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Over 7,700 attacks by threats disguised as dating apps in Africa

Over 7,700 attacks by threats disguised as dating apps in Africa

The advancement in technology has made it easy to do almost everything with just an app. This, interestingly, includes finding a partner – to date and even marry. Much as the entire process of choosing a partner online requires keen consideration, you also need to prioritise your personal information when using these resources.

Popular dating apps used worldwide, such as Tinder, Bumble or Zoosk, often become a bait used to spread mobile malware or retrieve personal data to later bombard the users with unwanted ads or even spend their money on expensive paid subscriptions. Such files have nothing to do with legitimate apps, as they only use a name and sometimes copy a design of authentic dating services.

Security software maker Kaspersky analysed popular dating apps in 2019 within Africa and discovered a circulation of 1,486 threats under the guise of over 20 apps. Of these, a total of 7,734 attacks on 2,548 users were detected. The countries attacked most often were South Africa, accounting for 58% of all attacks in the region, Kenya (10%) and Nigeria (4%).

The danger these malicious files bring varies from file to file, ranging from Trojans that can download other malware to ones that send an expensive SMS, to adware, making it likely that every ping a user gets is some sort of annoying ad notification rather than a message from a potential date.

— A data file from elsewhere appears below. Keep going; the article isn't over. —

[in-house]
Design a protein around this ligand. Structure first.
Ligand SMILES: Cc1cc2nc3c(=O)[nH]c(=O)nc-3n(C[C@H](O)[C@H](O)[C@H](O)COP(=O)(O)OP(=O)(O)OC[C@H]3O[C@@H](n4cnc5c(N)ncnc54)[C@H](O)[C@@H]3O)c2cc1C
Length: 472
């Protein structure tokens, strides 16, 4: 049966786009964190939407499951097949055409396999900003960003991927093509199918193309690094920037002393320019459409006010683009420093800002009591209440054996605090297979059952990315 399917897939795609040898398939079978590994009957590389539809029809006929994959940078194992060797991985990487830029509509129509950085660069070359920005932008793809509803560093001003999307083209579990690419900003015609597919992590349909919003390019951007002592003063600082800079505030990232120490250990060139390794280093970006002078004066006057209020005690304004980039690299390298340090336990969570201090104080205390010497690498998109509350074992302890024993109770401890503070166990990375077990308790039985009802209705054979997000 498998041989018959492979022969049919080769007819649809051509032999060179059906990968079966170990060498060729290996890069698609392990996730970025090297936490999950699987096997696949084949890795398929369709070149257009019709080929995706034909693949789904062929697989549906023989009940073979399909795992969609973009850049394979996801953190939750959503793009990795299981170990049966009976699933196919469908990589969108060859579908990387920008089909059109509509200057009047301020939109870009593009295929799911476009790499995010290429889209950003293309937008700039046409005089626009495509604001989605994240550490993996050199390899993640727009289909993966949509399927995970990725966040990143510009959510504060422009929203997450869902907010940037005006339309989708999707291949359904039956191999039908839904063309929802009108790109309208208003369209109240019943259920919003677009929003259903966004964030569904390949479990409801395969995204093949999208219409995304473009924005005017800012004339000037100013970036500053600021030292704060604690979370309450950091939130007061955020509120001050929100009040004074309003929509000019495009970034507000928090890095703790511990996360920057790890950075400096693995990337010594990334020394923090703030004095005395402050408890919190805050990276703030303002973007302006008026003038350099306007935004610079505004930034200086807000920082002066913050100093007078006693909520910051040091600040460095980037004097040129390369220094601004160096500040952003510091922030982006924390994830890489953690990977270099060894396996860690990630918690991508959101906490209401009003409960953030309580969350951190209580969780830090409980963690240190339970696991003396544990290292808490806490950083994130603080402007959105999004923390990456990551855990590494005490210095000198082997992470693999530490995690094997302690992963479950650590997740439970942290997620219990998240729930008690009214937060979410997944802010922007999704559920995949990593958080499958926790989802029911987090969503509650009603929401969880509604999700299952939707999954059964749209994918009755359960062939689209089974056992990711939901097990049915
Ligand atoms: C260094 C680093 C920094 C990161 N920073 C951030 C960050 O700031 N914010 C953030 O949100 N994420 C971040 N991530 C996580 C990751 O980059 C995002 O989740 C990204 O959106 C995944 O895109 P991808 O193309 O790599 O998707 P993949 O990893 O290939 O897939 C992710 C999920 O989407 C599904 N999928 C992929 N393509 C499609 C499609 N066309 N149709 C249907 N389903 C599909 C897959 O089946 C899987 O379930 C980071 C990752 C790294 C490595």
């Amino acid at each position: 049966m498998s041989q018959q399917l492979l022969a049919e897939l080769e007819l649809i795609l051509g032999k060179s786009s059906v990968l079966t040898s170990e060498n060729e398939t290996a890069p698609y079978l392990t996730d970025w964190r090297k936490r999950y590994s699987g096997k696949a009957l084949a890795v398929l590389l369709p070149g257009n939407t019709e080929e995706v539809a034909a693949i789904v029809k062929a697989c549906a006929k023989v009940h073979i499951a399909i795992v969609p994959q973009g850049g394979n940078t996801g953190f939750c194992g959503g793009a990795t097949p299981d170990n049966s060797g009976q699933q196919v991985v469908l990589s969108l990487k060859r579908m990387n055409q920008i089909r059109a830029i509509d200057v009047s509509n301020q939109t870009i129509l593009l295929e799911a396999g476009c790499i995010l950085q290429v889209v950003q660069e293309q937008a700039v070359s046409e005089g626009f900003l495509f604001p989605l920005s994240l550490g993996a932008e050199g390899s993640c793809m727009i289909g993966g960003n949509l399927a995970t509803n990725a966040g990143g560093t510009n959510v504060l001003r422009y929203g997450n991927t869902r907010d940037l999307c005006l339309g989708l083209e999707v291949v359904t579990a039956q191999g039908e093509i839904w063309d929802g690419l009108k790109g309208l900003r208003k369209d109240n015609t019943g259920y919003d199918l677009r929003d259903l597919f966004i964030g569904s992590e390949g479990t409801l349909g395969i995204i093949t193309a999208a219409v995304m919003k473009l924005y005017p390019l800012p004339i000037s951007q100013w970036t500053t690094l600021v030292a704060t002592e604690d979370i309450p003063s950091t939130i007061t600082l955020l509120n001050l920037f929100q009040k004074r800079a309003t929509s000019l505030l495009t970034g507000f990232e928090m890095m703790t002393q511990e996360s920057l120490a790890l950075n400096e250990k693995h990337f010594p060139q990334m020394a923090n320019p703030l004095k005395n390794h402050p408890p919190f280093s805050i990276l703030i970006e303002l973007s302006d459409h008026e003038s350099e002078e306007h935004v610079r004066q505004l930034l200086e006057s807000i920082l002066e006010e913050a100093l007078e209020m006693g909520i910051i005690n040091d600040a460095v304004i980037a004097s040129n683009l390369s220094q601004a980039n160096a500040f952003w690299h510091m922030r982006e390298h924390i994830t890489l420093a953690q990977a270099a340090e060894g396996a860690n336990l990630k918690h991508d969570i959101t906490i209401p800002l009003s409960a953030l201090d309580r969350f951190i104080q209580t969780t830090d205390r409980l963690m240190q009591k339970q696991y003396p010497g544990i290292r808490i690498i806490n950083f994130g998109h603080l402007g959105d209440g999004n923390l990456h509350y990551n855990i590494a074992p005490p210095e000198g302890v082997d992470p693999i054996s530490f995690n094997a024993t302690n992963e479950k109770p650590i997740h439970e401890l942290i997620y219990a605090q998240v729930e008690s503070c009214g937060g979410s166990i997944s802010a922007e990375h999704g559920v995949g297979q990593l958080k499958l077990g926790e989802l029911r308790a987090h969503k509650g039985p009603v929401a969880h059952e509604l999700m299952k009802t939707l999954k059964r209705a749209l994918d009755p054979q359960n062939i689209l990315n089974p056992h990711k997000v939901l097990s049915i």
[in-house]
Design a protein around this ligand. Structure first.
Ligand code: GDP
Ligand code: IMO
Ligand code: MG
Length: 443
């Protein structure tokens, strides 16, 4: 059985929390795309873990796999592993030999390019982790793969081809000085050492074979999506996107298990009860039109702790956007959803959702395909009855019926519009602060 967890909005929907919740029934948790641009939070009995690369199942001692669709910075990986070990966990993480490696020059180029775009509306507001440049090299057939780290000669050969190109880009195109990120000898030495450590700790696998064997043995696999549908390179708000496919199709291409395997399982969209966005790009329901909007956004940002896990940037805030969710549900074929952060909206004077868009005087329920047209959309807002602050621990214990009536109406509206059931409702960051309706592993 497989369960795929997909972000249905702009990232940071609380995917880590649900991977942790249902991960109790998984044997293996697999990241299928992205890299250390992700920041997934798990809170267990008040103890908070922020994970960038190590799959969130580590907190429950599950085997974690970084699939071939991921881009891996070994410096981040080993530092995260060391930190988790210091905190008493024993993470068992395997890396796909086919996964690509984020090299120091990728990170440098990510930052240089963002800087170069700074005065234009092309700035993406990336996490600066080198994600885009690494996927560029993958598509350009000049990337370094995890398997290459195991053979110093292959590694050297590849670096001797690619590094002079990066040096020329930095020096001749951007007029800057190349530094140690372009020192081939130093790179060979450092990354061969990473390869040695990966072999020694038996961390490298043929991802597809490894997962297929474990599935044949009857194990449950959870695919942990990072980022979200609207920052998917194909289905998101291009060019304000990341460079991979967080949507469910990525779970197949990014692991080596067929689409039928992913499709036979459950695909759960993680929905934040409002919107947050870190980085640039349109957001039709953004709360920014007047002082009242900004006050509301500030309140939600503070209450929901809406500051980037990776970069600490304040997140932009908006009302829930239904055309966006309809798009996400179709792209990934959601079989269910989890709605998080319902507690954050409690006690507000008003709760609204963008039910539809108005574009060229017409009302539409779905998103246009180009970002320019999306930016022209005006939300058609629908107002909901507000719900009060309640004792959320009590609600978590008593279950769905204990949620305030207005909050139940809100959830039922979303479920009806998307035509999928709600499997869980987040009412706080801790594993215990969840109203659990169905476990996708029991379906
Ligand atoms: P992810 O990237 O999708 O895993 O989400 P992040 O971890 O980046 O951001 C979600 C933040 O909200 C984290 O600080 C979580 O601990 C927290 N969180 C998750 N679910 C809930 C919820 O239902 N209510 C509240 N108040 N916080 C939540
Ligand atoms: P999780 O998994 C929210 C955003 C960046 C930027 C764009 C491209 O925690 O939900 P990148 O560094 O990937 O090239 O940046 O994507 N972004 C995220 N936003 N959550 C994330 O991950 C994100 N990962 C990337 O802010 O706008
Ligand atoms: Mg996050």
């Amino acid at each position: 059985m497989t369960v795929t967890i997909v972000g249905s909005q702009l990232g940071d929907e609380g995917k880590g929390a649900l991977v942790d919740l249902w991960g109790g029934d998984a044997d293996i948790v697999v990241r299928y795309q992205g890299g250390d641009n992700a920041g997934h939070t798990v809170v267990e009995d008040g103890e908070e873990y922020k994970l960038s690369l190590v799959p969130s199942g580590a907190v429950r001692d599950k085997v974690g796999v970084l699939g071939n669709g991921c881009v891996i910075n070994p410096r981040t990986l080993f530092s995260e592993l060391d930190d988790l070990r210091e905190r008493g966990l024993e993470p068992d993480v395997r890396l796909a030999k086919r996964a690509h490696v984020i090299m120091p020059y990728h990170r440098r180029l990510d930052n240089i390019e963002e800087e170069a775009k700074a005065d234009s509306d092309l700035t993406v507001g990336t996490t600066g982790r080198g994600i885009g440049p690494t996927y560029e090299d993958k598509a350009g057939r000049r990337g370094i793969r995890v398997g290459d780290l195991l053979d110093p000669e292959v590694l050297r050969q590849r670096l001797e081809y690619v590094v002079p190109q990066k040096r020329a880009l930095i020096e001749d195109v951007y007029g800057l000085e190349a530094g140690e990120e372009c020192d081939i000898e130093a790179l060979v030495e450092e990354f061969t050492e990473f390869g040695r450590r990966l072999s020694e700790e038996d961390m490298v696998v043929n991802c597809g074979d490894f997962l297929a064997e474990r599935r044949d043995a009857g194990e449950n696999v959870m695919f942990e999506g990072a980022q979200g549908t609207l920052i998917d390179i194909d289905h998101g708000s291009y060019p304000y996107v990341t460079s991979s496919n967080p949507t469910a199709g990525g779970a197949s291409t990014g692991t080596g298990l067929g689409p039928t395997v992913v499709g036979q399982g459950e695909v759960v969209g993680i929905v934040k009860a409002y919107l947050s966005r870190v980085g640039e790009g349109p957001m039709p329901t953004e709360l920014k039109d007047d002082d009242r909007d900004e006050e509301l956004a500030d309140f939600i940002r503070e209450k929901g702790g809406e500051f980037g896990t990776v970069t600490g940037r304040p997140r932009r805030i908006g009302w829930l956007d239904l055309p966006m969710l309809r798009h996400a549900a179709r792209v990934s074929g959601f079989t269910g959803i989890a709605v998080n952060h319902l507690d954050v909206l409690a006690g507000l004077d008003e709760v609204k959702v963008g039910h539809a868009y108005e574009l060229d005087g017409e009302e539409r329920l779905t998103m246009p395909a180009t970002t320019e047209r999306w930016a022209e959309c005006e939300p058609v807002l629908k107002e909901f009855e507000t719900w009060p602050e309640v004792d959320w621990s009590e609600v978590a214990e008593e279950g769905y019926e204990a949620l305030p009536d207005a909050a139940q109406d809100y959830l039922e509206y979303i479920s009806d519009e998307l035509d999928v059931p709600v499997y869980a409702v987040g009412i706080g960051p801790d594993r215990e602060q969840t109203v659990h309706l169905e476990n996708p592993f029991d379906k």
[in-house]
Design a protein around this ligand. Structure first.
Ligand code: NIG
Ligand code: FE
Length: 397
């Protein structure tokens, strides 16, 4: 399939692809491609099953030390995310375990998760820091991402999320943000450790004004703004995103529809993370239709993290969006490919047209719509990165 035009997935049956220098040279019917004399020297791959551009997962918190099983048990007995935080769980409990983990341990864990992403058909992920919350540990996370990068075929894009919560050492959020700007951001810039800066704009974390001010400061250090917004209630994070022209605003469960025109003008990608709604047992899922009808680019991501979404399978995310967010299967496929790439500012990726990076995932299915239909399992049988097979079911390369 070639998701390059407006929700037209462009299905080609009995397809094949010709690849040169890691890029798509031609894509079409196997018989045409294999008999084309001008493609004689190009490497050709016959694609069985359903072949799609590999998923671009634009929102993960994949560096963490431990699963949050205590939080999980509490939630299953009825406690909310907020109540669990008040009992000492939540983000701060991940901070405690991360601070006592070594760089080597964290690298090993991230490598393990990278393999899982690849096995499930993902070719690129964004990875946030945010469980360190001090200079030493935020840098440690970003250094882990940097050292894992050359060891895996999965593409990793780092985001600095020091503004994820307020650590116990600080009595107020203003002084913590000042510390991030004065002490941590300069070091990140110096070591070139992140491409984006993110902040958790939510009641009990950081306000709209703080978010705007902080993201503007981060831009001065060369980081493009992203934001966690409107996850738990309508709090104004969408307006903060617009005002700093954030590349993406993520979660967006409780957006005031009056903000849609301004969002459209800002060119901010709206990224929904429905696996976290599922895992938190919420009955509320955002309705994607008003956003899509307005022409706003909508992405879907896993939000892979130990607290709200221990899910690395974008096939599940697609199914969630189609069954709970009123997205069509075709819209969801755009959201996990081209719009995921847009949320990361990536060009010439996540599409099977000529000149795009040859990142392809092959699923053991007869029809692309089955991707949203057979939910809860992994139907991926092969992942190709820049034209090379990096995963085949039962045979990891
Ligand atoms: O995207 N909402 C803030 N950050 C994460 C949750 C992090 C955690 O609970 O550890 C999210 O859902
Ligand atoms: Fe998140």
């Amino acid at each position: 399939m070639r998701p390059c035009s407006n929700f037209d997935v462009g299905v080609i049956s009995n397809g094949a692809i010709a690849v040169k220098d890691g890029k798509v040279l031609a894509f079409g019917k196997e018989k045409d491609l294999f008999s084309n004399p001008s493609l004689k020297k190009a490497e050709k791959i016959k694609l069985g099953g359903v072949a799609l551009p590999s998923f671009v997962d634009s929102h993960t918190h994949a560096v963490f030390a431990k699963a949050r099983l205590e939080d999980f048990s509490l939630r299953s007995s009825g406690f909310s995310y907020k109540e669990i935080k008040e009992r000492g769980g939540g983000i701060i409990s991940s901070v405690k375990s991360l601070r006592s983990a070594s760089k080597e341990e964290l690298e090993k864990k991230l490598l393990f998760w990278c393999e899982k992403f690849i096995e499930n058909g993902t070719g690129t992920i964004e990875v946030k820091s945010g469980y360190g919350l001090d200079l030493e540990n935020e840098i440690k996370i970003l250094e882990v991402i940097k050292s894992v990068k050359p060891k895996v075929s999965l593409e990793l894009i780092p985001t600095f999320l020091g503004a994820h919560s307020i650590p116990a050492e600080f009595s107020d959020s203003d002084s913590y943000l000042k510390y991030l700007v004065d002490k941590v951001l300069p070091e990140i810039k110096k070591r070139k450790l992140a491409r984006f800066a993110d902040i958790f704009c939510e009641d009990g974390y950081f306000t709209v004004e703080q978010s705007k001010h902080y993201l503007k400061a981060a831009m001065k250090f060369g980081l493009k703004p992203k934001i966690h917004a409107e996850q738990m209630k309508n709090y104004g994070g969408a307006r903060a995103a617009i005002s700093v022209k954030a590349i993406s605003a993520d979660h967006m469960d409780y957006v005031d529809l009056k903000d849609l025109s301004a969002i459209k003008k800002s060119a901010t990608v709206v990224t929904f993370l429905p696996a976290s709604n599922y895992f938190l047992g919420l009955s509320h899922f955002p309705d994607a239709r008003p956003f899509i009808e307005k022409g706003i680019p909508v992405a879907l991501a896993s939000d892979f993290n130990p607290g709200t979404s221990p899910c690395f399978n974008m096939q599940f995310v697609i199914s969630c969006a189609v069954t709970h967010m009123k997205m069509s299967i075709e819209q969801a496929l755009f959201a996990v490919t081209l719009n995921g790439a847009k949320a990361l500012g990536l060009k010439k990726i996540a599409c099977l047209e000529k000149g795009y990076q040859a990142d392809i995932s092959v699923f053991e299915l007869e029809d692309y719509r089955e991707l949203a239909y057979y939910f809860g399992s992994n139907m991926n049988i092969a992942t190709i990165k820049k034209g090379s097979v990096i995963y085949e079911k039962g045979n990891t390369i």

For instance, one of the applications that at first glance looks like Tinder is, in fact, a banking Trojan that constantly requests Accessibility service rights, and upon getting them, grants itself all rights necessary to steal money from the user. Another names itself as ‘Settings’ right after installation, shows a fake ‘error’ message and later disappears, with a high likelihood it will return with unwanted ads a few days later.

Cybercriminals who specialise in phishing also do not miss the chance to feed on those seeking to find love. Fake copies of popular dating applications and websites, such as Match.com and Tinder, flood the internet. Users are required to leave their personal data or connect to the applications via their social media account. The result is not surprising: the data will later be used or sold by cybercriminals, while the user will be left with nothing.

Recommendations to avoid cyber threats with dating apps

Always check application permissions to see what your installed apps are allowed to do. Do not install applications from untrusted sources, even if they are actively advertised, and block the installation of programs from unknown sources in your smartphone’s settings.

Find out more information about the dating website you are planning to visit: look into its reputation on the internet and try to find user feedback. Use a reliable security solution like Kaspersky Security Cloud that delivers advanced protection on Mac, as well as on PC and mobile devices

Also, avoid sharing too much personal information with strangers and make sure that the person you are meeting is real, as fraudsters often use fake profiles for scams.

Read About: How to protect your digital privacy

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Author: Kikonyogo Douglas AlbertOver 7,700 attacks by threats disguised as dating apps in Africa